The long-term survival of Israel as a Jewish-majority state, giving political expression to the national identity of the Jewish people, depends on negotiating a fair two-state solution that establishes an independent, viable Palestinian state in the West Bank and Gaza, with its capital in East Jerusalem. Early return to the negotiating table is not a favor to the Palestinians, but an urgent requirement for protecting the vital interests of both peoples.
Under the circumstances, it is counterproductive to impose conditions on Palestinian negotiating partners that are unbalanced, unrealistic, and unnecessary. The three conditions that have been set—recognition of Israel's right to exist, renunciation of violence, and acceptance of prior agreements—are in themselves not unreasonable. Israel cannot be expected to sign an agreement with a partner who does not recognize its right to exist and hence is not committed to ending the conflict; violence contributes to creating an environment that is not conducive to constructive negotiations, and failure to live up to past agreements helps to erode the trust that negotiations require. But if the goal is to promote negotiations, application of these conditions must be guided by the principles of flexibility and reciprocity.
Flexibility in the requirement of Palestinian recognition of Israel relates primarily to the issue of timing. Thus, it is not necessary for Hamas to take the ideologically difficult step of recognizing Israel's right to exist in order for Israel to begin negotiations with a Palestinian unity government, even though such recognition is necessary to conclude a negotiated agreement. Experience suggests that engagement in a serious negotiation process is, in fact, one of the best ways to promote such an ideological shift. In the meantime, the implied recognition represented by Hamas's willingness to negotiate with Israel can move the process forward.
On the issue of renunciation of violence, the key requirement is a commitment by the Palestinian negotiating partner to make every effort to prevent acts of violence. It would be a mistake, however, to make the start or continuation of negotiations contingent on the total elimination of any incidence of violence. Such an inflexible application of this condition for negotiations would hand to the anti negotiation elements the power to block or derail negotiations at will.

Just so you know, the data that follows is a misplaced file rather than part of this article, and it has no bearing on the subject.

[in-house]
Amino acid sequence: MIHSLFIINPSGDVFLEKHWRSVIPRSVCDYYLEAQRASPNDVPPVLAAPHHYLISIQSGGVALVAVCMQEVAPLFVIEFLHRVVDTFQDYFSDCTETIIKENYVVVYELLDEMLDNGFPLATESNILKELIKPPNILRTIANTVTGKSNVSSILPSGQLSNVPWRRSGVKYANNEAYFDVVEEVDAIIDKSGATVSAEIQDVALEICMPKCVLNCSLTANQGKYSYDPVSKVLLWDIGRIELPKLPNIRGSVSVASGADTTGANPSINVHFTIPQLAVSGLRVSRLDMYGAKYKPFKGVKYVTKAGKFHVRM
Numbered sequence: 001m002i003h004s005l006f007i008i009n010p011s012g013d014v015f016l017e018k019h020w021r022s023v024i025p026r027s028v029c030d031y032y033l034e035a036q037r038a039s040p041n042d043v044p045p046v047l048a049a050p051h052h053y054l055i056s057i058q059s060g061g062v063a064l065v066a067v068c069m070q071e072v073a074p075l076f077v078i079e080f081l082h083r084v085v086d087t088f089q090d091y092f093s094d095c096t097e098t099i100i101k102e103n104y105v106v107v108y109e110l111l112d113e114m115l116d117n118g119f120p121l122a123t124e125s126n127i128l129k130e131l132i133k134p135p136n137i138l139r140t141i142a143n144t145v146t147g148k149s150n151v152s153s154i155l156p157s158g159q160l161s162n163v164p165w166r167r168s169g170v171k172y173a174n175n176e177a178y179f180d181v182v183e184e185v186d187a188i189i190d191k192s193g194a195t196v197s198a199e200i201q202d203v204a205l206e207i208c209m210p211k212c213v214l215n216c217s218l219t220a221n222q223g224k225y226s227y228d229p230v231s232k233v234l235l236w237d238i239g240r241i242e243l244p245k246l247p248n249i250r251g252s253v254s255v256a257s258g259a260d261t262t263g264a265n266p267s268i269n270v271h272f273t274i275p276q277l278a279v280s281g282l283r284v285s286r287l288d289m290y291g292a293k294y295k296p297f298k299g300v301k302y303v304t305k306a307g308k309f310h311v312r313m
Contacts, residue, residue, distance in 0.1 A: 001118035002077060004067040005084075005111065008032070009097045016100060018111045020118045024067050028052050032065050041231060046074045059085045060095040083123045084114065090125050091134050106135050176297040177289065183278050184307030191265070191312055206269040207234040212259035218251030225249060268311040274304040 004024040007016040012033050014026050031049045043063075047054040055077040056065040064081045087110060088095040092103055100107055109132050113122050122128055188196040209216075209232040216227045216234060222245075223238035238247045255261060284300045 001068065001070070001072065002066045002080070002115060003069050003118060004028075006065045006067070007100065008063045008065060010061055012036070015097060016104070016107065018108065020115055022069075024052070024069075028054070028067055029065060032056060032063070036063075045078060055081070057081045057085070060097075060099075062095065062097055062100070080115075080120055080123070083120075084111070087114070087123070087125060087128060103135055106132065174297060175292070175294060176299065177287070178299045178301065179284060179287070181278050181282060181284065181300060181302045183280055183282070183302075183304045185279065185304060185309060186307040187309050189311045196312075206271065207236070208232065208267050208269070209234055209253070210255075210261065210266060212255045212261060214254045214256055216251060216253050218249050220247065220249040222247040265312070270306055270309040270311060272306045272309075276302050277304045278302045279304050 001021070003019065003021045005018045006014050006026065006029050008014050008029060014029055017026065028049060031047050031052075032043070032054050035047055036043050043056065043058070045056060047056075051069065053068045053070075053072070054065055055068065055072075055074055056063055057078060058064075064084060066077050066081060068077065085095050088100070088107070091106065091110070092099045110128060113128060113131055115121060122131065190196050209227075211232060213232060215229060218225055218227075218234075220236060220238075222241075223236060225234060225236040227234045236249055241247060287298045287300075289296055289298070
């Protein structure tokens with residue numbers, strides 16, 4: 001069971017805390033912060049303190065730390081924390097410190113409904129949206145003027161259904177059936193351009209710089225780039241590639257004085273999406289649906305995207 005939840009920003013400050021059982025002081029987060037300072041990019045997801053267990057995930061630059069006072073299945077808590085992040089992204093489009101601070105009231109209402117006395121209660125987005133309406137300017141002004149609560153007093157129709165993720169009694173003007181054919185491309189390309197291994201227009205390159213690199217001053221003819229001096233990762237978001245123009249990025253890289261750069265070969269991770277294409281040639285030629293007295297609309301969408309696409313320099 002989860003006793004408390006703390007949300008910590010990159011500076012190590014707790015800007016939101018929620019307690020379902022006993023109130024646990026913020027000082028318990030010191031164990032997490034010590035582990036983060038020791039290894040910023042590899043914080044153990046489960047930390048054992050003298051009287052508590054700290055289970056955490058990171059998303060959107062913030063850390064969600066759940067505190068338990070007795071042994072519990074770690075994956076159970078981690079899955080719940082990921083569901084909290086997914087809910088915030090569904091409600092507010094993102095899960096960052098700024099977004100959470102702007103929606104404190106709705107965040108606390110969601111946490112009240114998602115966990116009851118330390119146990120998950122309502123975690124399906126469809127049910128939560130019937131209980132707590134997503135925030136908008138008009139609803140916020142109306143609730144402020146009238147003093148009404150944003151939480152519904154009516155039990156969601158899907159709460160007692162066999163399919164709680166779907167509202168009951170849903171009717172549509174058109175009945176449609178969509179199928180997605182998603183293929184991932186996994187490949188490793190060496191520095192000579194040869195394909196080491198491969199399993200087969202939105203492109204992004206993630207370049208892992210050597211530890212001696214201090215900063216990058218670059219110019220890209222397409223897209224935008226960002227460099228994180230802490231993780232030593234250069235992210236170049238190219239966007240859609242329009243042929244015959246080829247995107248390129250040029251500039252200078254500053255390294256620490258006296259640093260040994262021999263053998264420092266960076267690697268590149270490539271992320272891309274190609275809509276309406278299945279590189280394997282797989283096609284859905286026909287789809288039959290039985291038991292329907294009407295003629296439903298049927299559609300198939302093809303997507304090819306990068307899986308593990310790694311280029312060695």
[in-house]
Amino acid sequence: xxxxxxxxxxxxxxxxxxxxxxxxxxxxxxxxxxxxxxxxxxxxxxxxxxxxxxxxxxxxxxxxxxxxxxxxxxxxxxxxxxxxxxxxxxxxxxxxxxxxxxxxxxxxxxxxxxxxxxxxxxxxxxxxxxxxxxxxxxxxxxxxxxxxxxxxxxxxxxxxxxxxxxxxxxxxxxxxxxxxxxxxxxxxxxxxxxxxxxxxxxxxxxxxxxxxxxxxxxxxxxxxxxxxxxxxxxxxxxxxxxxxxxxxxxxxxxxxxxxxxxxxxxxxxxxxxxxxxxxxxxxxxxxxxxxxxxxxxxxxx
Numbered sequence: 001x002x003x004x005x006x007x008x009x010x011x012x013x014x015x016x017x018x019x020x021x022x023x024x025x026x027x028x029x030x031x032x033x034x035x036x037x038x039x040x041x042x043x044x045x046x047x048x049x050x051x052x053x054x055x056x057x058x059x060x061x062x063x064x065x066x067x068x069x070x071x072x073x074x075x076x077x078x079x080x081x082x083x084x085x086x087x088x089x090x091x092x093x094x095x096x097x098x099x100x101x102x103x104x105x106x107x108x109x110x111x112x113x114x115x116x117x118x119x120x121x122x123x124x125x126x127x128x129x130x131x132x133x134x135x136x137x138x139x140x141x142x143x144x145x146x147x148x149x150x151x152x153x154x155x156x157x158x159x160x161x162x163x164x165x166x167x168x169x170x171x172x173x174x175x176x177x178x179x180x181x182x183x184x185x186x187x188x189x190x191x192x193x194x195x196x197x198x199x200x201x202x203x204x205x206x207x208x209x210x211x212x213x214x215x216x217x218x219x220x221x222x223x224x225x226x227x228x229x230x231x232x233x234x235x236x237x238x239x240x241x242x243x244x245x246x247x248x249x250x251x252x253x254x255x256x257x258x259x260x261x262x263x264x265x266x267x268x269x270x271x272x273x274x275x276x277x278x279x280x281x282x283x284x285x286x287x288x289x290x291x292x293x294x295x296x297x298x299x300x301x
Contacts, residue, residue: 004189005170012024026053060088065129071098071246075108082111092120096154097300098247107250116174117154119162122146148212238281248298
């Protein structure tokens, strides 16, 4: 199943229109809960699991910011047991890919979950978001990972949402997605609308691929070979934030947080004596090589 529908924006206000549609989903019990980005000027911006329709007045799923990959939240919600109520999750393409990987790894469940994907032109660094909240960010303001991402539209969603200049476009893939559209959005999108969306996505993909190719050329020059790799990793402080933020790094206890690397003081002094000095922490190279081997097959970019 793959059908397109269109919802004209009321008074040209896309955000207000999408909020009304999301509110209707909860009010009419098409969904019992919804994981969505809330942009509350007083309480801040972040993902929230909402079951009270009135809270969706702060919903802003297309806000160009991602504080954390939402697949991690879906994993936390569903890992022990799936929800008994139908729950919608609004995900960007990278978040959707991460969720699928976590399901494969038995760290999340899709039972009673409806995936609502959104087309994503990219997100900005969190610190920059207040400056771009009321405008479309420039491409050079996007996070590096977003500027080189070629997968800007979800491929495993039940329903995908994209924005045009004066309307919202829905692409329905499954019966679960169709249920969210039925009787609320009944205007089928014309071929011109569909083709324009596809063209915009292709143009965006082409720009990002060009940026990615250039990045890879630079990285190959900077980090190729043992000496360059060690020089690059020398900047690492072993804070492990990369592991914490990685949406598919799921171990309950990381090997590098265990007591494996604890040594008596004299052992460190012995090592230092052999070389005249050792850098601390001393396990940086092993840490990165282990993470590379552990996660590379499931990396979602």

As for the third condition, Hamas seems to have met it implicitly by agreeing to “respect” previous agreements, along with international and Arab resolutions. A rigid insistence that Hamas make this concession explicit—admitting, in effect, that it has changed its ideological position—would create an unnecessary impediment to the restart of negotiations. It would be much wiser to accept a degree of ambiguity and leave it to the dynamics of the negotiating process to overcome the ideological resistances.
Along with the need for flexibility in their application, the conditions for negotiations must adhere scrupulously to the principle of reciprocity. Reciprocity is an essential ingredient of a negotiating process that addresses the needs and interests of both parties and can therefore yield an agreement conducive to a stable, lasting peace, mutually enhancing cooperation, and ultimate reconciliation between the two peoples. Furthermore, the principle of reciprocity provides a sound basis for assessing the reasonableness and appropriateness of preconditions: Israel should be prepared to adhere to the same conditions that are being set for its Palestinian negotiating partners.
Thus, Palestinian commitment to end the conflict and recognition of Israel's right to exist in peace and security have to be matched by Israeli commitment to end the occupation and recognition of the Palestinians' right to establish an independent, viable state in the West Bank and Gaza, with its capital in East Jerusalem, living peacefully and securely alongside of Israel. Palestinian commitments to forgo violence must be matched by parallel Israeli undertakings, such as a pledge to maintain a cease-fires and to discontinue military incursions into the occupied territories. Palestinian acceptance of past agreements and commitment to live up to them must be matched by an Israeli commitment to live up to past agreements, such as the understanding—implicit in the Oslo accord and explicit in the road map—that there would be no further building and expansion of Israeli settlements in the West Bank.
The precise wording of these reciprocal conditions will have to be prenegotiated, perhaps with the facilitation of one or another third party. But the general rule is clear: If negotiations are to be constructive and conducive to a mutually satisfactory outcome, they must be based on the principle of reciprocity. Neither party can ask the other to negotiate under conditions that it is itself unwilling to accept.
Herbert C. Kelman is a Faculty Associate of the Weatherhead Center for International Affairs. He is also Richard Clarke Cabot Professor of Social Ethics, Emeritus, Department of Psychology, Harvard University.